Knight Digital Media Center Freedive: Searchable databases from Google spreadsheets. Welcome to the freeDive wizard — your guide to making a searchable database If you're new to freeDive, check out our how-to video.
Start with a clean Google Spreadsheet. If you don’t know what this means, read our data cleaning tutorial. Make sure your spreadsheet has the following: Publish your spreadsheet This step gives freeDive access to your data by publishing your spreadsheet to the Web. Share your spreadsheet This step gives freeDive access to your spreadsheet URL. Enter your spreadsheet ID freeDive accesses your spreadsheet using the unique ID in the spreadsheet URL. Click to practice with a spreadsheet containing nearly 25,000 rows. Select the columns you want to include in your table At least one column must contain numeric data.
Coding for Journalists 101: Go from knowing nothing to scraping Web pages. In an hour. Hopefully. UPDATE (12/1/2011): Ever since writing this guide, I’ve wanted to put together a site that is focused both on teaching the basics of programming and showing examples of practical code.
I finally got around to making it: The Bastards Book of Ruby. I’ve since learned that trying to teach the fundamentals of programming in one blog post is completely dumb. Also, I hope I’m a better coder now than I was a year and a half ago when I first wrote this guide. Check it out and let me know what you think: Who this post is for His Girl Friday You’re a journalist who knows almost nothing about computers beyond using them to connect to the Internets, email, and cheat on Facebook scrabble. Die Datenjournalismus-Leseliste. 8 useful Excel formulas for Computer Assisted Reporting « Online journalist project. Any journalist who wants to work with data must learn how to use spreadsheet applications like Excel or Google Docs.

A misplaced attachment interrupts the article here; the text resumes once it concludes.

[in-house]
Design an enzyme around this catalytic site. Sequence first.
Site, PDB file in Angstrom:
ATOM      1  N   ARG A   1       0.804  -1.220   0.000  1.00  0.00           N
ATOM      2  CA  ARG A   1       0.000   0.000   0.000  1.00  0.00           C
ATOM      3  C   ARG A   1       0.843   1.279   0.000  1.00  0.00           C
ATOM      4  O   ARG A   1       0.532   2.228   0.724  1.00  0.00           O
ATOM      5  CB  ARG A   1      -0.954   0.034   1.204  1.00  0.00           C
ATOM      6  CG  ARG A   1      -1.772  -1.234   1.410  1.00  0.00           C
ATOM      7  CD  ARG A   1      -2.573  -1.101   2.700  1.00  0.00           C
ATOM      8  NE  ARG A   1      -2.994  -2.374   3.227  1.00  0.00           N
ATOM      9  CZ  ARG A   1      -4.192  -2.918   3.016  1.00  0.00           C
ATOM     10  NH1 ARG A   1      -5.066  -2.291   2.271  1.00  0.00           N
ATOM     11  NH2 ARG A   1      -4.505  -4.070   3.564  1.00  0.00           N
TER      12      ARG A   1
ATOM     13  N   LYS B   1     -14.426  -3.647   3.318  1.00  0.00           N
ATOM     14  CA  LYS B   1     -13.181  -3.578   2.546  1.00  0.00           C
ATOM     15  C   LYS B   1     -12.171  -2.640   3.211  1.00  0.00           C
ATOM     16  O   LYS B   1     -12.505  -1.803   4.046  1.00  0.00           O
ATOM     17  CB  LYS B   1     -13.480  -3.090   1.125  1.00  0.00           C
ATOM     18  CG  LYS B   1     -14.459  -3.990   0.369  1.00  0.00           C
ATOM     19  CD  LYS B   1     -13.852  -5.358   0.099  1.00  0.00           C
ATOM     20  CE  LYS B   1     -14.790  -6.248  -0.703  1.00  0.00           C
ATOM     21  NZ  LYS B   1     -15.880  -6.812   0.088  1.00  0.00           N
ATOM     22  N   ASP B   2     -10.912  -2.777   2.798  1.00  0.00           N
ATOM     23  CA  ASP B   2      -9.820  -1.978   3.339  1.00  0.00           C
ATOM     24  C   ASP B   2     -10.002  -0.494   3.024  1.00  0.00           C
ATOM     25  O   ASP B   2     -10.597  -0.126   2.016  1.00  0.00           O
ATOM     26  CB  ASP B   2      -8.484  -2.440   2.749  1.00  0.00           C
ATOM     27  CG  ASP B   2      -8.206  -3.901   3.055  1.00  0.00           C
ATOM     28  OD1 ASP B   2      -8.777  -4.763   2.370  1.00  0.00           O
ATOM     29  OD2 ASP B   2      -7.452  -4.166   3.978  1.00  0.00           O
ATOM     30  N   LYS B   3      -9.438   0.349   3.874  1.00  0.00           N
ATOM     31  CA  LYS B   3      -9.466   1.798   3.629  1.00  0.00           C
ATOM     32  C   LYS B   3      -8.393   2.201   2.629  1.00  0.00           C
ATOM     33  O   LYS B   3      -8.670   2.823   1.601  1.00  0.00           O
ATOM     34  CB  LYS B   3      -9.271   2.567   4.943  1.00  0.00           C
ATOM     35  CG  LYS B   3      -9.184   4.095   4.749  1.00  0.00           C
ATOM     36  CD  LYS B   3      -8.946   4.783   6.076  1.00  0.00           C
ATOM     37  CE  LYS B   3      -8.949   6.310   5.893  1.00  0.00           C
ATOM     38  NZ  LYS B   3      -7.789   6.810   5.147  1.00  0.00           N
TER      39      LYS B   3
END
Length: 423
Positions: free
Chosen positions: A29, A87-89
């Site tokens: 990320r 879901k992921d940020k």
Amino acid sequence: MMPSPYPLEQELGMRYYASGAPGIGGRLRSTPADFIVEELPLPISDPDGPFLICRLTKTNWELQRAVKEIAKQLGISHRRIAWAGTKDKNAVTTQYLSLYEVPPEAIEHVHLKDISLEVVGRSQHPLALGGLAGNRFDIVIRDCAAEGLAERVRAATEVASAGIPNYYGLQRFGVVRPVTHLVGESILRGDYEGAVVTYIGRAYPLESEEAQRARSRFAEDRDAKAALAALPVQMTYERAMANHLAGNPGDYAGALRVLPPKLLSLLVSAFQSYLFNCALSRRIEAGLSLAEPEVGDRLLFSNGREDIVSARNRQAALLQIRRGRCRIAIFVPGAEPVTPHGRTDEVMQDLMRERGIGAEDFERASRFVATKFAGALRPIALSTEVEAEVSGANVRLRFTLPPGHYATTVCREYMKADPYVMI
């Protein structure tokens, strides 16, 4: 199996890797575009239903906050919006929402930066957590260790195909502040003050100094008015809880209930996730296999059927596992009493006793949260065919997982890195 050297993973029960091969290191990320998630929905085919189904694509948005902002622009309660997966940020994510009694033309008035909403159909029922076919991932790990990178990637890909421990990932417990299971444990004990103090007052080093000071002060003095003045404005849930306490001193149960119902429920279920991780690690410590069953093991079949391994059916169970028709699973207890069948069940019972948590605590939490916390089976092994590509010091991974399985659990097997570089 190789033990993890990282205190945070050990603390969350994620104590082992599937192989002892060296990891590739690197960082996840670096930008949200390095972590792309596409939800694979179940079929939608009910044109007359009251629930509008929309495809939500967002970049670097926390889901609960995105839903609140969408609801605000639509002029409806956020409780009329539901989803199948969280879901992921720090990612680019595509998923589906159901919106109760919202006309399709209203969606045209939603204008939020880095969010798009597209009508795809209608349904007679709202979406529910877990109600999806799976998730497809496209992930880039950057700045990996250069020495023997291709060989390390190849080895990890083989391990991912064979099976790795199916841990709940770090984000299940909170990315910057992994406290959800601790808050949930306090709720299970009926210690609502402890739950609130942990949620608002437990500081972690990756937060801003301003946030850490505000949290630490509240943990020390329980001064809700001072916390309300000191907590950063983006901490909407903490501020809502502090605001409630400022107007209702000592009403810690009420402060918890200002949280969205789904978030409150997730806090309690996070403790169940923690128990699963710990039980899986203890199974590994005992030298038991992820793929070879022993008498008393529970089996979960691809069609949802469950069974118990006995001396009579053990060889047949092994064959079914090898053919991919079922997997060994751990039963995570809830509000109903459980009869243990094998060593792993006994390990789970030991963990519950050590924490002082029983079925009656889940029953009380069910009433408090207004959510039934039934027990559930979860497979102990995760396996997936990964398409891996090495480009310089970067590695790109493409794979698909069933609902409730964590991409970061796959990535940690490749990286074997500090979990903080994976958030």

Here it’s a list of 8 useful formulas for Computer Assisted Reporting: 1) =SUM(number 1, number2, numb…) The most simple Excel formula, but it is essential. How many stories are related with public spending or funding? Teaching Materials from NICAR 2012 « Michelle Minkoff. I had the sincere honor of presenting at NICAR 2012 in St.
Louis for the second year in a row. I provide the takeaway materials here, if you find them useful. Bring Your Mapping Dreams to Fruition — code for demos of Leaflet and Raphael, for making zoomable and non-zoomable maps. Tipsheet with links to projects we’ve done at the AP using these tools, documentation and helpful tools to use, and sample code for some more basic projects I demoed during the session. CAR Training 2012. Reporters' Lab // How a conference taught me I know nothing. The Chicago Tribune's Brian Boyer removes his costume panda head before demonstrating PANDA, an open-source database system developed by Investigative Reporters and Editors. | Photo by Tyler Dukes It was the lightning talks that set my head spinning.
I’m a bit new to the world of data journalism, and up until that point, my first time at the annual Computer-Assisted Reporting conference had stopped just short of overwhelming. But after a few mile-a-minute presentations in this particular session , I only had one clear thought: There’s so much to know, and not enough time to learn it.
Luckily, Politifact developer and University of Nebraska-Lincoln journalism professor Matt Waite gave the audience a little bit of reassuring advice gleaned from Zen Buddhism: Datawrapper ist ein Projekt der ABZV. Die Untoten von ZEIT ONLINE. ZEIT ONLINE wartet heute mit einer interaktiven Grafik zur Bevölkerungsstruktur bis ins Jahr 2060 auf, die einfach toll aussieht.